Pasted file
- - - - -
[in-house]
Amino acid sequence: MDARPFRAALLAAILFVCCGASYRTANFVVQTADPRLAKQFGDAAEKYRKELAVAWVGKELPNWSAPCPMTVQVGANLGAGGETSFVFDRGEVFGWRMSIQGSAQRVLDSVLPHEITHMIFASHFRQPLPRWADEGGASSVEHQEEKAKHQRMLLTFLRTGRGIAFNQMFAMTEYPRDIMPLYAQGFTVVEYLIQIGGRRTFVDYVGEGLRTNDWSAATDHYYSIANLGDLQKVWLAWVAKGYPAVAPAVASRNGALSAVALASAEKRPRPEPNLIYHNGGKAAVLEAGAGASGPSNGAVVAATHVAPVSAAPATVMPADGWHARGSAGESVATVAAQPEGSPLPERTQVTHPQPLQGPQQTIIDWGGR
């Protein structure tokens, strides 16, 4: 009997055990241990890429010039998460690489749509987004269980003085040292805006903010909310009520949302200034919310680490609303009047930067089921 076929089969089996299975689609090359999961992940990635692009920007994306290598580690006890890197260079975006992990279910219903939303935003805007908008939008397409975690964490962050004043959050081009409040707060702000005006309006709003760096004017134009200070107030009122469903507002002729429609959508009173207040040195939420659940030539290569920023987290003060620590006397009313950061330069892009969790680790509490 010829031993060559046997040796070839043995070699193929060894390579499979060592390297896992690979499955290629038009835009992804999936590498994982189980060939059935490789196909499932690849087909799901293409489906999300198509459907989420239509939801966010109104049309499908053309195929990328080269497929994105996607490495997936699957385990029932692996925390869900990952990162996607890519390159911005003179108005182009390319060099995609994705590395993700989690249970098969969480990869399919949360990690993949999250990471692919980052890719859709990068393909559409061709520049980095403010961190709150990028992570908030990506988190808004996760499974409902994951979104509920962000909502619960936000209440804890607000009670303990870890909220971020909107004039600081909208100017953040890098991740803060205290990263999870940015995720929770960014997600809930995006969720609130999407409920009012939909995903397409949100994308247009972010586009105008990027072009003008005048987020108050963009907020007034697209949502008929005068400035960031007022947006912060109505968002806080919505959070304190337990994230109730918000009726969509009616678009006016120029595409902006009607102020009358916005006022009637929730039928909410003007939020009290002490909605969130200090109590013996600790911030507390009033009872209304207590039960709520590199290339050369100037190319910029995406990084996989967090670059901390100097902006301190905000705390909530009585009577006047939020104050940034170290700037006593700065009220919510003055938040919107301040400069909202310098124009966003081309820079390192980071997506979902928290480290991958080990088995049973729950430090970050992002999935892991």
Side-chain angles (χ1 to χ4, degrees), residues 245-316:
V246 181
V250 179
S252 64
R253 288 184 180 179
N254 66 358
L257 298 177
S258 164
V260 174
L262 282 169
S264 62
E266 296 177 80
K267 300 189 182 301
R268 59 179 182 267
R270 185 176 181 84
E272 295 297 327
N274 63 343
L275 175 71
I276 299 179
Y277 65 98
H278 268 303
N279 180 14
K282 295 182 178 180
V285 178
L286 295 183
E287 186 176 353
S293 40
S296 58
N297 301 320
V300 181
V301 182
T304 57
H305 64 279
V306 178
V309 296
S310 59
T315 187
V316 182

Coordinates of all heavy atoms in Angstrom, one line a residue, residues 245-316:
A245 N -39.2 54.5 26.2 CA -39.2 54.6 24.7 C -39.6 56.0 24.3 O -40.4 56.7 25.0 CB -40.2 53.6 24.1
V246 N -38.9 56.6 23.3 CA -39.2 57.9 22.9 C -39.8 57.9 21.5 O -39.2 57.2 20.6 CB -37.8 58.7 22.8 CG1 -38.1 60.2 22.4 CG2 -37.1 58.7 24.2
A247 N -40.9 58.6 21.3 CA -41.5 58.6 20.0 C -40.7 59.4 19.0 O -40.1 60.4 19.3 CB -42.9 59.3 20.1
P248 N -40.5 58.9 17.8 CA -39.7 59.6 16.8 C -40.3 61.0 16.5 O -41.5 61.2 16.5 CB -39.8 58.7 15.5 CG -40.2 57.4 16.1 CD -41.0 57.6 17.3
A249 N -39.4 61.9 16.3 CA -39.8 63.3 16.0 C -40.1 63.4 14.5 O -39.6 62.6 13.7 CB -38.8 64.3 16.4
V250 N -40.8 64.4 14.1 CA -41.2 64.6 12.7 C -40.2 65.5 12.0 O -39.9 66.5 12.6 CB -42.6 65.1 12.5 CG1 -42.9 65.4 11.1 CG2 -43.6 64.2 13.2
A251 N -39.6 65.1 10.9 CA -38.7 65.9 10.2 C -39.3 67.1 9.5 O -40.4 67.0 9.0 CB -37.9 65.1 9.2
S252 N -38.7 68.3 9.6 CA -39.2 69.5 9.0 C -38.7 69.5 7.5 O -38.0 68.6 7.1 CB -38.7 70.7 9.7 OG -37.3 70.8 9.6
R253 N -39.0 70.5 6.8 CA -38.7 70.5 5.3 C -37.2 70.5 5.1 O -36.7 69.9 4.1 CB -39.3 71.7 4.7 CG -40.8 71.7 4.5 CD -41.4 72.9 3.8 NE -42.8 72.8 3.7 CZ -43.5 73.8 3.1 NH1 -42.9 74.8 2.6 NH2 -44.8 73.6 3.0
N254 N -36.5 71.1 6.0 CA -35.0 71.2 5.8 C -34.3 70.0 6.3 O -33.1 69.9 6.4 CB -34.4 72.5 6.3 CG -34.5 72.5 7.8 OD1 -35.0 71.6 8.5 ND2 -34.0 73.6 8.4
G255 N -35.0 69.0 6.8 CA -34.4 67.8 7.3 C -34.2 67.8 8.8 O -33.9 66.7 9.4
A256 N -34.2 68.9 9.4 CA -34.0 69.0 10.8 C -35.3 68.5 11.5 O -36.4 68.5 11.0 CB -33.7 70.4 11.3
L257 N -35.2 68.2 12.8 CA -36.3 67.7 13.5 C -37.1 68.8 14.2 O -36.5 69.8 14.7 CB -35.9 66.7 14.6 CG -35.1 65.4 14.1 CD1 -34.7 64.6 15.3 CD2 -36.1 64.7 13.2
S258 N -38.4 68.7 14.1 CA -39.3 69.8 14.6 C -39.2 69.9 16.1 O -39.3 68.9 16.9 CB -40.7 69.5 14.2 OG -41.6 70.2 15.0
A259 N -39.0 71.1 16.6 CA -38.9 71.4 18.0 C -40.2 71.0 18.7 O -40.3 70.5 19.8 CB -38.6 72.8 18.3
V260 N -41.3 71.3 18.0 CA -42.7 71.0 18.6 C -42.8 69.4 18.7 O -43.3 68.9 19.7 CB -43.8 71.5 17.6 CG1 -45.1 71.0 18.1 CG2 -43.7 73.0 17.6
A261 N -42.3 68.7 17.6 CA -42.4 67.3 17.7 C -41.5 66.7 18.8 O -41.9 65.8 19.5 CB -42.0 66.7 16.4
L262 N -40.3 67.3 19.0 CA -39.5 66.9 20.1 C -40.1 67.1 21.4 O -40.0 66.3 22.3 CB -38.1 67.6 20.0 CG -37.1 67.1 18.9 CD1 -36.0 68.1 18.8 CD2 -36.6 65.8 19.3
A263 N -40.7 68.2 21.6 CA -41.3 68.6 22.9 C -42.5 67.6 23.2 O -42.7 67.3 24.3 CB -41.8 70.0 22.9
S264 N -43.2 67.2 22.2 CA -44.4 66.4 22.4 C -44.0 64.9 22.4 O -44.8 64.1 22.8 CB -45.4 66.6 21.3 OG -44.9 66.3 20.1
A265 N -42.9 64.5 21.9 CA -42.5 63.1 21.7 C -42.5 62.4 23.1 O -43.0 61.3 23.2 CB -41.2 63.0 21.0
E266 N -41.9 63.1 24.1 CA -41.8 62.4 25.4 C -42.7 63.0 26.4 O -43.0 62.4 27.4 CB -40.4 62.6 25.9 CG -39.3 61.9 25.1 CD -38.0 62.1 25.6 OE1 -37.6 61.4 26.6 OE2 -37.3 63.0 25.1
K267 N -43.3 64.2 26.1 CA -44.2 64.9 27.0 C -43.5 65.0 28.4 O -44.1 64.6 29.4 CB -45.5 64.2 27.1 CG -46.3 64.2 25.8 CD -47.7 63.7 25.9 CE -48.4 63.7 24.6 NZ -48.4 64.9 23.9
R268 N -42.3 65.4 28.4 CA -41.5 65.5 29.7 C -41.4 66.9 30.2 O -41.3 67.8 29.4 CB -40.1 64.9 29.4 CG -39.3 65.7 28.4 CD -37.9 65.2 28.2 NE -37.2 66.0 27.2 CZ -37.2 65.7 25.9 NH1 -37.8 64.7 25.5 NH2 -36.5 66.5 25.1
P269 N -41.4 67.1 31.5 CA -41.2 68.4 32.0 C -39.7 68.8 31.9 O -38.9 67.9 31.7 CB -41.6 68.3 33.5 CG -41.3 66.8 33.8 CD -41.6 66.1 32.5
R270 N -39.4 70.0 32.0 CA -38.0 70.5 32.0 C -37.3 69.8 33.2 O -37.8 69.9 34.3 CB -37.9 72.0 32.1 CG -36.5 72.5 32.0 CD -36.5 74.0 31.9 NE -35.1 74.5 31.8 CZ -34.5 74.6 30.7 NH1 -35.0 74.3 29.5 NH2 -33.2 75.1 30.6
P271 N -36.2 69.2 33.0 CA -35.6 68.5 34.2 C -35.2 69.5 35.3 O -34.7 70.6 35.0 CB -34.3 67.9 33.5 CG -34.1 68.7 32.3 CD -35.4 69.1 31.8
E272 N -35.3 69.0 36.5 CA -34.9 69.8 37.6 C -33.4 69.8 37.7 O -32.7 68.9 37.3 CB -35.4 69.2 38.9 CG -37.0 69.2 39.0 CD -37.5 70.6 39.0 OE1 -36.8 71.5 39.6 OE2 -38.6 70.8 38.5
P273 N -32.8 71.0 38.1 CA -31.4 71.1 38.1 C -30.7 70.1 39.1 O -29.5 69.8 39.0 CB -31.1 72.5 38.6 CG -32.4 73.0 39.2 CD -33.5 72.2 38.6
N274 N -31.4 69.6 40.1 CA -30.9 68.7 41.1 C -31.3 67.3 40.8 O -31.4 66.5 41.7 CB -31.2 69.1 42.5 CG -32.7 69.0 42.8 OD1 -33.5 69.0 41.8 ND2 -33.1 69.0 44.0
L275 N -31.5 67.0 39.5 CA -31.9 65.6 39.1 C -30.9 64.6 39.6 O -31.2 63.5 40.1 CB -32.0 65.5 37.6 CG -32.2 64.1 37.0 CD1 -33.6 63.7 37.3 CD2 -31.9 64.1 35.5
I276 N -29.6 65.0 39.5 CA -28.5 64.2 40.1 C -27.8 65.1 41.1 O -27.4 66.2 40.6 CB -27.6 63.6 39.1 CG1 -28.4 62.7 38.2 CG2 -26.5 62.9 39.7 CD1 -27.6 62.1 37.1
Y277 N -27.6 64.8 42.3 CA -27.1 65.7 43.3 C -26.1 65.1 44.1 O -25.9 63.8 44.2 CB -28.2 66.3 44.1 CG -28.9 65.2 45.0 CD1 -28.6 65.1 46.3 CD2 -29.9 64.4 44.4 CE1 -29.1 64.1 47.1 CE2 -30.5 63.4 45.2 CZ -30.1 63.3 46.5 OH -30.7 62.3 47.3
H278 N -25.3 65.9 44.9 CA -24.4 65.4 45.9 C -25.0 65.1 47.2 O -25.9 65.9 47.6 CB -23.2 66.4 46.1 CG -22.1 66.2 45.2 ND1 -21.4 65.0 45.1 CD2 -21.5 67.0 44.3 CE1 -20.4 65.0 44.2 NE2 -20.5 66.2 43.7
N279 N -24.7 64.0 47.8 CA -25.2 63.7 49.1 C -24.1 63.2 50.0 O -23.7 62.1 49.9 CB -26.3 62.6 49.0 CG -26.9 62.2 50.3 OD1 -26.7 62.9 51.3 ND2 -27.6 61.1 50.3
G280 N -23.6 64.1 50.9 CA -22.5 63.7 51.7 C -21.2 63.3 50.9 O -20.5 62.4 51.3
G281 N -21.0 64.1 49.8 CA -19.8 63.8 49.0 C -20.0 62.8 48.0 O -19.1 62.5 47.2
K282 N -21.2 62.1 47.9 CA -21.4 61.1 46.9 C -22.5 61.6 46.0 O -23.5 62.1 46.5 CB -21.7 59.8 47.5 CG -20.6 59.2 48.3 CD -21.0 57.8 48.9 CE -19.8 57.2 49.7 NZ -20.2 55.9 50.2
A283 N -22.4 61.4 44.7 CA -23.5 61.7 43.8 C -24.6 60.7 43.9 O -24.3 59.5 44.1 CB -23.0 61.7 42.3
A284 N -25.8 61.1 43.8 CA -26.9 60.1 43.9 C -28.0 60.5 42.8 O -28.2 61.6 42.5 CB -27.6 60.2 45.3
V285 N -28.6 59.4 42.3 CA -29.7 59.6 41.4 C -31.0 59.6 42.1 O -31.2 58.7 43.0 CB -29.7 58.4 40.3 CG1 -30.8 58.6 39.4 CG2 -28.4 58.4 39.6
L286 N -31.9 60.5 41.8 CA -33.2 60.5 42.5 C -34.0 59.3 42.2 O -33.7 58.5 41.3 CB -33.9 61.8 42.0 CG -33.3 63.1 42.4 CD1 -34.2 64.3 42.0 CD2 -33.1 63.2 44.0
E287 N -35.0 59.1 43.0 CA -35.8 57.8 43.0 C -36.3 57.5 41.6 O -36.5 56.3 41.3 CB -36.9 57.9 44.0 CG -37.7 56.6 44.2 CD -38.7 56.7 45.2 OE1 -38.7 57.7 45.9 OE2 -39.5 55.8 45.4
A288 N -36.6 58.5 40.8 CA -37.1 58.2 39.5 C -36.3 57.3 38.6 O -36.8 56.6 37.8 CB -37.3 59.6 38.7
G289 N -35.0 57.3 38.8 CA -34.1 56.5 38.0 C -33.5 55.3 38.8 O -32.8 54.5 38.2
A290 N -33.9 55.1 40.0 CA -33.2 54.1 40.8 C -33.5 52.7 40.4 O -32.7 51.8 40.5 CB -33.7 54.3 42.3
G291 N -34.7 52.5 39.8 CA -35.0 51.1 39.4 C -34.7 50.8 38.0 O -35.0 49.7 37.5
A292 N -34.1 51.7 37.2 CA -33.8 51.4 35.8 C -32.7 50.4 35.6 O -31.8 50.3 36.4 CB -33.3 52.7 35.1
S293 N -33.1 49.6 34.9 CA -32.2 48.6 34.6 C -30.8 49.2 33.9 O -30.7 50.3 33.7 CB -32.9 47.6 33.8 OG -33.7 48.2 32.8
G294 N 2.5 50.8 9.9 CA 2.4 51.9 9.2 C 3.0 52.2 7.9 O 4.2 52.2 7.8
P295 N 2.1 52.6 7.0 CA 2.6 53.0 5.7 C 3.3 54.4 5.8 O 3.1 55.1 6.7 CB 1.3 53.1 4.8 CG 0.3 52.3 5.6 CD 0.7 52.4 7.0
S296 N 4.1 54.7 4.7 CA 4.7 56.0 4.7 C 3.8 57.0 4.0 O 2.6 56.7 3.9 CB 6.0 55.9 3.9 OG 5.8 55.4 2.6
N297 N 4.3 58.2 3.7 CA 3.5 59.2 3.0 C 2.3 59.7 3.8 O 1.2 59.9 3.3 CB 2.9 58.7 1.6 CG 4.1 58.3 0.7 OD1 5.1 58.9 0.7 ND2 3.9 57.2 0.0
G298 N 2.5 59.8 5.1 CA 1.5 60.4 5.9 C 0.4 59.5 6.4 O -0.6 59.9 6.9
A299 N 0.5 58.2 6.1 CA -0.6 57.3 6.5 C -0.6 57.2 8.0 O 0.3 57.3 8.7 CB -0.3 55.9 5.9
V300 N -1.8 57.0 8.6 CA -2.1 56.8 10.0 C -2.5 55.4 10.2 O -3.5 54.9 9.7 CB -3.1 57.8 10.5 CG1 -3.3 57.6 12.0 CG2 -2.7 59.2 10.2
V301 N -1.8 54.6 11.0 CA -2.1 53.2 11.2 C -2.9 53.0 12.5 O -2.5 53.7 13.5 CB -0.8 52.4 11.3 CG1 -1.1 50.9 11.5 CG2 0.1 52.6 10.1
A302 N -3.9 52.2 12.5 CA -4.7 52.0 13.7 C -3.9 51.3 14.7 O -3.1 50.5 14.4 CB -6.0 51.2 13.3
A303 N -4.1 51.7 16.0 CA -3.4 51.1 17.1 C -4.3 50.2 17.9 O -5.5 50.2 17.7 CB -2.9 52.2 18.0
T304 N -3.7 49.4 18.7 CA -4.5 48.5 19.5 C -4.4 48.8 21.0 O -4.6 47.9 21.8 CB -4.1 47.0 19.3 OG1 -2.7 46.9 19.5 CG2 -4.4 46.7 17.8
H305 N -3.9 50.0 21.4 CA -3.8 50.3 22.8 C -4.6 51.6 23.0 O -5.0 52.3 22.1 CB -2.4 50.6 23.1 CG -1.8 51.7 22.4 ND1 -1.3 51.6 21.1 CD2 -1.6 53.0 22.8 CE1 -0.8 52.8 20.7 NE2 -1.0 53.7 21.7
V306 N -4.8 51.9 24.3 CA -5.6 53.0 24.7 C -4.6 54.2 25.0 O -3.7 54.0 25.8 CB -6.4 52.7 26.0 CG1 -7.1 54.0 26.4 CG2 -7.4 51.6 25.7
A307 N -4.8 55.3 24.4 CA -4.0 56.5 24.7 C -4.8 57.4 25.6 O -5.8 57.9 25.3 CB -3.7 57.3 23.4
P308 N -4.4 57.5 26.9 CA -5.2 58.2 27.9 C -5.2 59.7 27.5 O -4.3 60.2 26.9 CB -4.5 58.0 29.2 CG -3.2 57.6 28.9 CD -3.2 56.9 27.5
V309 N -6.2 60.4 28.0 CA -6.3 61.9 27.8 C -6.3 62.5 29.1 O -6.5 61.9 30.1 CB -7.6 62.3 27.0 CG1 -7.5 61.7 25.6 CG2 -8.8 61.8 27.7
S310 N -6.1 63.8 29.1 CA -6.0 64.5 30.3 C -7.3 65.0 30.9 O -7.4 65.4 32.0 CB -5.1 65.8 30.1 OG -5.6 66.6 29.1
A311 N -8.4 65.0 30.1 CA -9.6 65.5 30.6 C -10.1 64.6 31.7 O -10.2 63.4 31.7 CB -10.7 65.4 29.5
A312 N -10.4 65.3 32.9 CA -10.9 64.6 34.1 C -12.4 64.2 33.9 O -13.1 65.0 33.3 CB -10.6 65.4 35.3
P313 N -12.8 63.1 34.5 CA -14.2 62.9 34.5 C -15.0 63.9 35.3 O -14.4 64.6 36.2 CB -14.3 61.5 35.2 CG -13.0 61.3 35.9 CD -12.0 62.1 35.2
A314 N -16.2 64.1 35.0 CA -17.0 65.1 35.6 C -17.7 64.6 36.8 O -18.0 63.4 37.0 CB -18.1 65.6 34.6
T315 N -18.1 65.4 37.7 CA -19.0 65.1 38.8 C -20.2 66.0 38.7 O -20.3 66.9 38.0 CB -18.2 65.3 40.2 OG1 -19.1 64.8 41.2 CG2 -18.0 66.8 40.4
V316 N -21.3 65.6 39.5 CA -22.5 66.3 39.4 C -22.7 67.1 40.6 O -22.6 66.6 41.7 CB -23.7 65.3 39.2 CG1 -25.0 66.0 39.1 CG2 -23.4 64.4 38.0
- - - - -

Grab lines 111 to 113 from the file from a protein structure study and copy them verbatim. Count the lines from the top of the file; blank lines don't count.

P313 N -12.8 63.1 34.5 CA -14.2 62.9 34.5 C -15.0 63.9 35.3 O -14.4 64.6 36.2 CB -14.3 61.5 35.2 CG -13.0 61.3 35.9 CD -12.0 62.1 35.2
A314 N -16.2 64.1 35.0 CA -17.0 65.1 35.6 C -17.7 64.6 36.8 O -18.0 63.4 37.0 CB -18.1 65.6 34.6
T315 N -18.1 65.4 37.7 CA -19.0 65.1 38.8 C -20.2 66.0 38.7 O -20.3 66.9 38.0 CB -18.2 65.3 40.2 OG1 -19.1 64.8 41.2 CG2 -18.0 66.8 40.4